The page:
RLUIPA signing 2000

On September 22, 2000, President Bill Clinton signed the Religious Land Use and Institutionalized Persons Act (RLUIPA) into law. Here are some important resources on this landmark legislation that you can share with others.

Here’s a post on BJC’s website about the 20th anniversary of RLUIPA in 2020.

The Department of Justice provides a summary of the law’s key provisions in a pdf document. You can also read the complete text of the law on the Department of Justice’s website, as well as pages explaining how RLUIPA relates to zoning laws and institutionalized persons.

Ramirez v. Collier (2021):
BJC joined a brief with religious groups and others to stand up for a prisoner’s right to religious freedom in Ramirez v. Collier. According to the brief, the government hasn’t shown why banning the acts of laying on of hands and praying aloud in this case are necessary for prison security, and RLUIPA protects prisoners’ rights to religious exercise unless there is a compelling reason to impose a restriction. Read more. 

Holt v. Hobbs (2015):
In Holt v. Hobbs, an Arkansas prisoner challenged a rule prohibiting him from growing a half-inch beard that he believed his Islamic faith required. The BJC filed a friend-of-the-court brief in the case defending the prisoner’s religious rights, and the Court unanimously ruled in his favor.

Visit our Holt v. Hobbs page
Read General Counsel Holly Hollman’s column on the case

More on RLUIPA:
-BJC press release: Landmark law protecting free exercise of religion turns 10 years old (September 2010)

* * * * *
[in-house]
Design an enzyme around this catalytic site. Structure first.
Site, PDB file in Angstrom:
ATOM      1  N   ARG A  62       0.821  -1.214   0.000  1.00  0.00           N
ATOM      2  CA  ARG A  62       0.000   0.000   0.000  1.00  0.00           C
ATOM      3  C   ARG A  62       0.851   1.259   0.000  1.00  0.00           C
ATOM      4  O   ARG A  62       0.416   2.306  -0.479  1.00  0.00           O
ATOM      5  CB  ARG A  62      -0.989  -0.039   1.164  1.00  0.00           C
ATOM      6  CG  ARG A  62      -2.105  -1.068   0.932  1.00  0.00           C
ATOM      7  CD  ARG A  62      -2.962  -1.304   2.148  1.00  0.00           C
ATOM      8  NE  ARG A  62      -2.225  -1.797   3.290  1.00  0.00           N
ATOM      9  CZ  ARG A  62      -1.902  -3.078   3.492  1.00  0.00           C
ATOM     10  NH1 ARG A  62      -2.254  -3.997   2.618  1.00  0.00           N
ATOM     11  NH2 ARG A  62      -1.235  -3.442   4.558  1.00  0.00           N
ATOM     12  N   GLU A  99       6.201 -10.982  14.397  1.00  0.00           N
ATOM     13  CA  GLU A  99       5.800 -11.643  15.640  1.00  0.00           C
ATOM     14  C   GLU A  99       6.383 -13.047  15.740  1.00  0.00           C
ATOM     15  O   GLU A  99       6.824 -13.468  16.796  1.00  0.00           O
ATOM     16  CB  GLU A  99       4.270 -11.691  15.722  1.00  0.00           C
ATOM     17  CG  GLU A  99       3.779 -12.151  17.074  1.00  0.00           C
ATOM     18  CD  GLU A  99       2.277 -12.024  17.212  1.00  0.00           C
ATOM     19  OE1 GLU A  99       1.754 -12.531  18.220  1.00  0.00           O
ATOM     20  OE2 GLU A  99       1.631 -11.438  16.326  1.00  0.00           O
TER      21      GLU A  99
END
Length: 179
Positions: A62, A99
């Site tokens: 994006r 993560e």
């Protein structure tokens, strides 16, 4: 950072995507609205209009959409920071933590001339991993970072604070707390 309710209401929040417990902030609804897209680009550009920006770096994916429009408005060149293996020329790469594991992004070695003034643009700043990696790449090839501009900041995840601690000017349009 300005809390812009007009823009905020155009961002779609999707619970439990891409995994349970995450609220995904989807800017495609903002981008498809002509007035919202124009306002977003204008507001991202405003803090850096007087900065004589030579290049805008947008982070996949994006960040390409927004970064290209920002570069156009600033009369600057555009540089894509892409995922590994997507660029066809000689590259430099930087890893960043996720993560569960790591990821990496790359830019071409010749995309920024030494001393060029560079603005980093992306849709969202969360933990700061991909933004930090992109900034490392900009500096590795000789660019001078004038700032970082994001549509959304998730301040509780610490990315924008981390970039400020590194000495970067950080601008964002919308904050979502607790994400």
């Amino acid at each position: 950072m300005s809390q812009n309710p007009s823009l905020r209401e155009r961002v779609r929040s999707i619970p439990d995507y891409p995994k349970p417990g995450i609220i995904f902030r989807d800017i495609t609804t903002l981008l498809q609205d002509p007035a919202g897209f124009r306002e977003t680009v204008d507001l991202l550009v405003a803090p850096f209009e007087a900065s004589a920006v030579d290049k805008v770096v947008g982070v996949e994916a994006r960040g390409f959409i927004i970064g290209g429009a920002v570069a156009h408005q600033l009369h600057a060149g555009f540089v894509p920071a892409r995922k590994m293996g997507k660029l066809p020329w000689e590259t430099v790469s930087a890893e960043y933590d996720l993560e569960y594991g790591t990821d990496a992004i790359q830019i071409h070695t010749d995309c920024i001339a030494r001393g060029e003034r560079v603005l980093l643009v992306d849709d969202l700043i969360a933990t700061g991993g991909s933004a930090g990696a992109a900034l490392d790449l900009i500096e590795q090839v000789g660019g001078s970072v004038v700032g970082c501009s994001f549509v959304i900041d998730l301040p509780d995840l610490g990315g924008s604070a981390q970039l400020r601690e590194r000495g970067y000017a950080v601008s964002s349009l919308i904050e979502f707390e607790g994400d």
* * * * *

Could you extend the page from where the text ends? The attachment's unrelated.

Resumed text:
Click here to read Melissa Rogers’ September 2010 column discussing RLUIPA and how to respond when religious freedom is under attack. The following timeline appeared alongside that column.

Here is a look back at the events that created a need for RLUIPA, how it came to be, and how it has been interpreted by the U.S. Supreme Court:
-April 17, 1990: U.S. Supreme Court hands down a decision in Employment Division v. Smith declaring that the Free Exercise Clause of the First Amendment does not prohibit neutral laws of general applicability that burden religious practice. This ruling contradicts decades of court precedent, creating a need for other laws explicitly protecting religious exercise.

-1993: Congress passes the Religious Freedom Restoration Act, restoring the Free Exercise protections in the United States to the pre-Smith state. The House vote (May 11) was by voice, and there were only 3 votes against the measure in the Senate (October 27).

-November 16, 1993: President Bill Clinton signs the Religious Freedom Restoration Act (RFRA) into law.

-June 25, 1997: The U.S. Supreme Court decides City of Boerne v. Flores, holding that RFRA is unconstitutional as applied to state and local laws and that Congress had exceeded its authority.

-July 27, 2000: On a voice vote, Congress passes the Religious Land Use and Institutionalized Persons Act, providing enhanced free exercise protections in two discrete areas of need: land use laws and persons in government custody (for example, prisoners).

-September 22, 2000: President Bill Clinton signs the Religious Land Use and Institutionalized Persons Act (RLUIPA) into law.

-May 31, 2005: The U.S. Supreme Court’s ruling in Cutter v. Wilkinson declares that Section 3 of RLUIPA — the provision protecting prisoners’ rights — is a permissible accommodation of religion that does not violate the Establishment Clause.